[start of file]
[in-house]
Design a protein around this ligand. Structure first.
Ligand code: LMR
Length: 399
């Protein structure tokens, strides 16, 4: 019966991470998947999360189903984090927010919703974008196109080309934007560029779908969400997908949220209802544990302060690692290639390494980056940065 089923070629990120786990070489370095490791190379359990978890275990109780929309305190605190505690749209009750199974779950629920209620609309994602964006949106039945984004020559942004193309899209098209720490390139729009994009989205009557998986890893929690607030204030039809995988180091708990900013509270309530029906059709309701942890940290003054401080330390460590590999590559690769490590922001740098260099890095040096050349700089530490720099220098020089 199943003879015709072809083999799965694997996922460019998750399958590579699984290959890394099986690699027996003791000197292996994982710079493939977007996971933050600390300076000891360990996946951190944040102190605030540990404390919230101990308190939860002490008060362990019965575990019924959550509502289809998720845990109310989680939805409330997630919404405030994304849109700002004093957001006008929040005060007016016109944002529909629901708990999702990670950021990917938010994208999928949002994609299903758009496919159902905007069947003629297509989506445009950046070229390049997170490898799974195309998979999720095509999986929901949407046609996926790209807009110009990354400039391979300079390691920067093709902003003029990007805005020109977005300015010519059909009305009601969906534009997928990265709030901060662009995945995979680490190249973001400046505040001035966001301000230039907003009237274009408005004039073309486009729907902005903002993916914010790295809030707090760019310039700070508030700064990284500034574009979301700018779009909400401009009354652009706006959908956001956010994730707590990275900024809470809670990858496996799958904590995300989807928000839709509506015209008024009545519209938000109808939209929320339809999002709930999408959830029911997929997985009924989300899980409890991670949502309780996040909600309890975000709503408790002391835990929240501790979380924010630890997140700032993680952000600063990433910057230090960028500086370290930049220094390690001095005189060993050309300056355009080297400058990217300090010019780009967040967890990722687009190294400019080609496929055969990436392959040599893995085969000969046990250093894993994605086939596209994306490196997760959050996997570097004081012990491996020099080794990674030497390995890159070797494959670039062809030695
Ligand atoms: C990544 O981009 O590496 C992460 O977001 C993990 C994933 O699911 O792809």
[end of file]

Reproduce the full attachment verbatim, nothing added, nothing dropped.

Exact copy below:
[in-house]
Design a protein around this ligand. Structure first.
Ligand code: LMR
Length: 399
């Protein structure tokens, strides 16, 4: 019966991470998947999360189903984090927010919703974008196109080309934007560029779908969400997908949220209802544990302060690692290639390494980056940065 089923070629990120786990070489370095490791190379359990978890275990109780929309305190605190505690749209009750199974779950629920209620609309994602964006949106039945984004020559942004193309899209098209720490390139729009994009989205009557998986890893929690607030204030039809995988180091708990900013509270309530029906059709309701942890940290003054401080330390460590590999590559690769490590922001740098260099890095040096050349700089530490720099220098020089 199943003879015709072809083999799965694997996922460019998750399958590579699984290959890394099986690699027996003791000197292996994982710079493939977007996971933050600390300076000891360990996946951190944040102190605030540990404390919230101990308190939860002490008060362990019965575990019924959550509502289809998720845990109310989680939805409330997630919404405030994304849109700002004093957001006008929040005060007016016109944002529909629901708990999702990670950021990917938010994208999928949002994609299903758009496919159902905007069947003629297509989506445009950046070229390049997170490898799974195309998979999720095509999986929901949407046609996926790209807009110009990354400039391979300079390691920067093709902003003029990007805005020109977005300015010519059909009305009601969906534009997928990265709030901060662009995945995979680490190249973001400046505040001035966001301000230039907003009237274009408005004039073309486009729907902005903002993916914010790295809030707090760019310039700070508030700064990284500034574009979301700018779009909400401009009354652009706006959908956001956010994730707590990275900024809470809670990858496996799958904590995300989807928000839709509506015209008024009545519209938000109808939209929320339809999002709930999408959830029911997929997985009924989300899980409890991670949502309780996040909600309890975000709503408790002391835990929240501790979380924010630890997140700032993680952000600063990433910057230090960028500086370290930049220094390690001095005189060993050309300056355009080297400058990217300090010019780009967040967890990722687009190294400019080609496929055969990436392959040599893995085969000969046990250093894993994605086939596209994306490196997760959050996997570097004081012990491996020099080794990674030497390995890159070797494959670039062809030695
Ligand atoms: C990544 O981009 O590496 C992460 O977001 C993990 C994933 O699911 O792809």